Identifying the limits of design
There is no reason to assume that only designers 'design' or are seen as the only qualified people to design things. Chances are that they have a more effective relationship with design terms and are therefore in a position to design things better than anyone else. Design is a term most useful in the context of an experience that requires shaping.
It is not difficult to point out instances where design has nothing to do with a 'Creative Problem Solving Process'. Design is often brought to bear on content generated in a creative act. Design is not required to think creatively.
Scientists, mathematicians, politicians and pastors do not require design to solve their problems. And they are highly unlikely to use the term 'design' or think in design terms. Challenging convention is part of a creative act. Material not previously identified is all that is required to constitute a creative act. No design is required to generate material.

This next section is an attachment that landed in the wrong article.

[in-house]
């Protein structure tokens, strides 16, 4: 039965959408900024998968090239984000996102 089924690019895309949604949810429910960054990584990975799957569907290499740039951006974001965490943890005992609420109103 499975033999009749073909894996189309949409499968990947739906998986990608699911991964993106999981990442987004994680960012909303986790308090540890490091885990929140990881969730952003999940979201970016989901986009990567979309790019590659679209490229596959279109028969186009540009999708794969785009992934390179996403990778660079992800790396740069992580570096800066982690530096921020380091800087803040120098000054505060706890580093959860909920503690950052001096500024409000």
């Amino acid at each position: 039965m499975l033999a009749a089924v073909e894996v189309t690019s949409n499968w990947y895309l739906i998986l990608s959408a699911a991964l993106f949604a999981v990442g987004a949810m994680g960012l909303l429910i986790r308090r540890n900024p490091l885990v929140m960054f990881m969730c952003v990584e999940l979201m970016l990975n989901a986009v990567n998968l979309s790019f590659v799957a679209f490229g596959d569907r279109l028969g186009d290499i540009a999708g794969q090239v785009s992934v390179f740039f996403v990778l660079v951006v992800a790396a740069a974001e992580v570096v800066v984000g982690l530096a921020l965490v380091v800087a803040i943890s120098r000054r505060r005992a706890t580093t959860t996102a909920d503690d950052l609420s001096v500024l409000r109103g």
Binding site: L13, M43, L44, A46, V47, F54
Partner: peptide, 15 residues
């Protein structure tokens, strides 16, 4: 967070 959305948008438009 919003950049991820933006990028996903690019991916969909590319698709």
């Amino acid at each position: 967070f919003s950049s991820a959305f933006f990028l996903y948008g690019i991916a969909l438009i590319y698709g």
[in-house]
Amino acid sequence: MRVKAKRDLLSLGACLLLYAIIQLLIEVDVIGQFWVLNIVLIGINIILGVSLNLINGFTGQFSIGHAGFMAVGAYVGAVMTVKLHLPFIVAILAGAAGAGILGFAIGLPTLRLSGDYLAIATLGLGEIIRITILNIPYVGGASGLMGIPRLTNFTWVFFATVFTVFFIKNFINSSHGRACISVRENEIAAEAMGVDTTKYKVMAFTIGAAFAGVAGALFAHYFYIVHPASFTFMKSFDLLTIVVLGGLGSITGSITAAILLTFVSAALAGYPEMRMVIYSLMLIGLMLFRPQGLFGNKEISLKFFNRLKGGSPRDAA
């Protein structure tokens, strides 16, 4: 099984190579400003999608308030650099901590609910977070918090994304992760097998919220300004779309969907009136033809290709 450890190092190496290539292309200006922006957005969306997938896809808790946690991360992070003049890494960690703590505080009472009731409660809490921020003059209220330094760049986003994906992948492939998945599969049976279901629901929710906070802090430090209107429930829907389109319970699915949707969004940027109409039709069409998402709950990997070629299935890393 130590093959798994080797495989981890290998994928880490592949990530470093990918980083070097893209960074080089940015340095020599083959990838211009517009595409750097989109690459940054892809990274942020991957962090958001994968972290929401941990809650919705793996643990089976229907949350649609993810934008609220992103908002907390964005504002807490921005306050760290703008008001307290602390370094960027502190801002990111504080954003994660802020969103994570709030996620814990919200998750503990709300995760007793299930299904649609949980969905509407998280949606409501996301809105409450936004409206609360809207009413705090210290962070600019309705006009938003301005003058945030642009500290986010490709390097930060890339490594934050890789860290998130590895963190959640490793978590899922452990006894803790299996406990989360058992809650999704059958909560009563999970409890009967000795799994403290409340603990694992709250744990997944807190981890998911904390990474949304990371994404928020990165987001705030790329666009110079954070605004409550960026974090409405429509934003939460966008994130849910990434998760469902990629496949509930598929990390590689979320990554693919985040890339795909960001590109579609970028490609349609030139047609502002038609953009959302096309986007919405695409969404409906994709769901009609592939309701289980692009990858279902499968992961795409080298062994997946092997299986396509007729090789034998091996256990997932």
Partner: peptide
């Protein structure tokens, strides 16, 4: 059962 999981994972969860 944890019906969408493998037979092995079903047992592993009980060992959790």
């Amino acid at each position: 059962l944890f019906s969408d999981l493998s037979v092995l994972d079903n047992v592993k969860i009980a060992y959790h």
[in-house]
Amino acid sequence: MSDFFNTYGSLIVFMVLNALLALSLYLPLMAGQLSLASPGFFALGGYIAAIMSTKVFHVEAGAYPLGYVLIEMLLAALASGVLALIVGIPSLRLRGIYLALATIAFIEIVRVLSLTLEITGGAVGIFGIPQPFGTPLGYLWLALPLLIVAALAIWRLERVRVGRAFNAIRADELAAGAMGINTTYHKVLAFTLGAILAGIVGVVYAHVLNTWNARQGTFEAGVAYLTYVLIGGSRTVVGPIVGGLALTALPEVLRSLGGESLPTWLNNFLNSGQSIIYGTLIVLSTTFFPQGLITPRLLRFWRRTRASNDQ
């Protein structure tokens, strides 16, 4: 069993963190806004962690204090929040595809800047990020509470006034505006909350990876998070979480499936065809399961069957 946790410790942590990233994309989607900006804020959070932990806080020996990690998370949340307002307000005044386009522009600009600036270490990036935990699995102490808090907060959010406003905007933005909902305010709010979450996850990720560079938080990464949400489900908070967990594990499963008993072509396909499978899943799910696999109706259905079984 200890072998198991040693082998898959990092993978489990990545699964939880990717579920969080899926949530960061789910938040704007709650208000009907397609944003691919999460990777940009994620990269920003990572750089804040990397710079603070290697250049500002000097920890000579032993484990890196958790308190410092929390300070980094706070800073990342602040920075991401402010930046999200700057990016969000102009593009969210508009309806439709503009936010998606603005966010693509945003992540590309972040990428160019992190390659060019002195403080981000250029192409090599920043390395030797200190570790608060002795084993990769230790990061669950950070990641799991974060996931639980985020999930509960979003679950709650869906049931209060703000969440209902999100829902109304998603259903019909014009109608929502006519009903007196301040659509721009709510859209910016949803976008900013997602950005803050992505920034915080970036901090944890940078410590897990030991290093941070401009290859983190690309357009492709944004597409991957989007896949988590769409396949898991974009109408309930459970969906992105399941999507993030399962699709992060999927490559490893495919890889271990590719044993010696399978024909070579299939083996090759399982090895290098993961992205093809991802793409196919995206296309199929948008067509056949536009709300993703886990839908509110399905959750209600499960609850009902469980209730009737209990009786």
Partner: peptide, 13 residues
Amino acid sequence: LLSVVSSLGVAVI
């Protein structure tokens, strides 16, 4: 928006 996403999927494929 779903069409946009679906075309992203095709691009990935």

The material proposed via 'Design is Fundamental' operates on too many assumptions, all of which fail with little effort. The proposed material does not adequately address issues of content in relation to the world, how as human beings we experience content and what part design plays in handling content.
Design qualified as a form-giving activity is difficult to make fail. I value design for this singular reason and on this basis call myself a designer. I cannot think of a better way to introduce a form-giving activity other than as design.
Design has a very specific role to play in how we make our way in the world. On this basis I would agree that design is a fundamental human process but I wouldn't be so confident as to offer it as a singular process enmeshed in every human activity and appropriate in every instance.
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